• Create a list of ideas for future posts – I have a list in Google Drive and every time I think about a topic I think would be useful to my clients, I add it at that moment. When I’m ready to write my next post, I have a list of ideas, ready to choose from.
  • Set goals and schedules – This may be an either/or suggestion. If you set a goal to add one, well-written, useful post per week, then you’ve got a week to make it happen. For others, it may help to say, I’m writing a new post every Tuesday morning. Whatever works for you, embrace it.
  • Let your subscribers know in your newsletter or on Twitter that you’ll be publishing a new article every week (or every day depending on your commitment). Sometimes committing publicly is all you need to follow through.

Keep them reading: break your copy up into sections with scan-able, interesting sub-titles and other eye-grabbing tools

Are you still with me? Because this is a rather long post. If you are, then thank you for your interest! Part of your amazing stick-to-it-ness may be owing to the use of sub-titles that break up the article into meaningful topics encouraging you to read on. Creating lists with bullets and the use of block quotes, much like you see in newspaper and magazine articles, are also key to hooking the reader.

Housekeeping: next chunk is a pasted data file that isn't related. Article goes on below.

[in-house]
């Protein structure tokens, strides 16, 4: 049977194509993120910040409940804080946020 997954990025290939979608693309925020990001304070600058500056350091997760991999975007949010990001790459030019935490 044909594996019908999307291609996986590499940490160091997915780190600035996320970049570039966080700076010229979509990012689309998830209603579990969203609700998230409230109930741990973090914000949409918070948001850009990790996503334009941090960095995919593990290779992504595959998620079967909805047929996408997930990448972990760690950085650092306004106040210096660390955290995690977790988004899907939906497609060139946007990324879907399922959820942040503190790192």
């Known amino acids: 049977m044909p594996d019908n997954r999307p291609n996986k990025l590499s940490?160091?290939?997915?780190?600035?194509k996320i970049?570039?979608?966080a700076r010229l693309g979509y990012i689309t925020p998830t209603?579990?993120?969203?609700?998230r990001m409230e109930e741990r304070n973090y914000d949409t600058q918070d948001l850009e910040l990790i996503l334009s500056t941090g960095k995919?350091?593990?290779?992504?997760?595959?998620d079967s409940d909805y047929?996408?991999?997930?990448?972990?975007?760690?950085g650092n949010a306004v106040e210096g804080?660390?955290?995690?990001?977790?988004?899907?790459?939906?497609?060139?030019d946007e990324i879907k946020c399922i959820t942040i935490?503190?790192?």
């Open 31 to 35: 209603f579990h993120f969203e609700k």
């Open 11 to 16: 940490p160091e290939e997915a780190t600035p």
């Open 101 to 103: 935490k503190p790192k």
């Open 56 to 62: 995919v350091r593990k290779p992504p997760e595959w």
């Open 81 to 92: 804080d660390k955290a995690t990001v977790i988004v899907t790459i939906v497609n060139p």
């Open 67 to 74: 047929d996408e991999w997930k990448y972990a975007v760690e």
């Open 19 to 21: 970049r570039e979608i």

Images can also attract attention to the article and entice you to read more. We try to incorporate a photo, illustration or screen capture, depending on the subject matter in every post.

Listen, assess and create

Once you’ve committed to your blog and you are creating various types of blog posts, listen to what your audience is saying. Read the comments being made or the questions being asked in the comments below each post. They may point you to new conversations. If you’re not getting many comments, take a look at your Google analytics and see what posts and what type of posts have the most views. It will help you focus your efforts on the content your audience finds most interesting.

In future posts about blogging we’ll talk about the nuts of bolts of writing better blog posts and promoting them.

Do you have any questions that we didn’t cover in this blogging 101 article?

Kelly Patchet

Kelly is a co-founder of GK Media and has been a web content expert and website strategist since 1997.